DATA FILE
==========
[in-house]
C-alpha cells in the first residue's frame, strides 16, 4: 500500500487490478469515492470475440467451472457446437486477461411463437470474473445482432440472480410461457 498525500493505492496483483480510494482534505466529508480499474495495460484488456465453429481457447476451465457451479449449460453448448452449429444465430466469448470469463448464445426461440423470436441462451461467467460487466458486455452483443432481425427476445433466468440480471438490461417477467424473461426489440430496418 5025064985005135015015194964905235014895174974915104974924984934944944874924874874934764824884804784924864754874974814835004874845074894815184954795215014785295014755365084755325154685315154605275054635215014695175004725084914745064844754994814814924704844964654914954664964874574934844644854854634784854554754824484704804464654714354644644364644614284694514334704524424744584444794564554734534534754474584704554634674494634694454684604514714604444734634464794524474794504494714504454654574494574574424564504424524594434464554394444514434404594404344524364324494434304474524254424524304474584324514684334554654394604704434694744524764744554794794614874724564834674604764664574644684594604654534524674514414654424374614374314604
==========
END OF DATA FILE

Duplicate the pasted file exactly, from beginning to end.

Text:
[in-house]
C-alpha cells in the first residue's frame, strides 16, 4: 500500500487490478469515492470475440467451472457446437486477461411463437470474473445482432440472480410461457 498525500493505492496483483480510494482534505466529508480499474495495460484488456465453429481457447476451465457451479449449460453448448452449429444465430466469448470469463448464445426461440423470436441462451461467467460487466458486455452483443432481425427476445433466468440480471438490461417477467424473461426489440430496418 5025064985005135015015194964905235014895174974915104974924984934944944874924874874934764824884804784924864754874974814835004874845074894815184954795215014785295014755365084755325154685315154605275054635215014695175004725084914745064844754994814814924704844964654914954664964874574934844644854854634784854554754824484704804464654714354644644364644614284694514334704524424744584444794564554734534534754474584704554634674494634694454684604514714604444734634464794524474794504494714504454654574494574574424564504424524594434464554394444514434404594404344524364324494434304474524254424524304474584324514684334554654394604704434694744524764744554794794614874724564834674604764664574644684594604654534524674514414654424374614374314604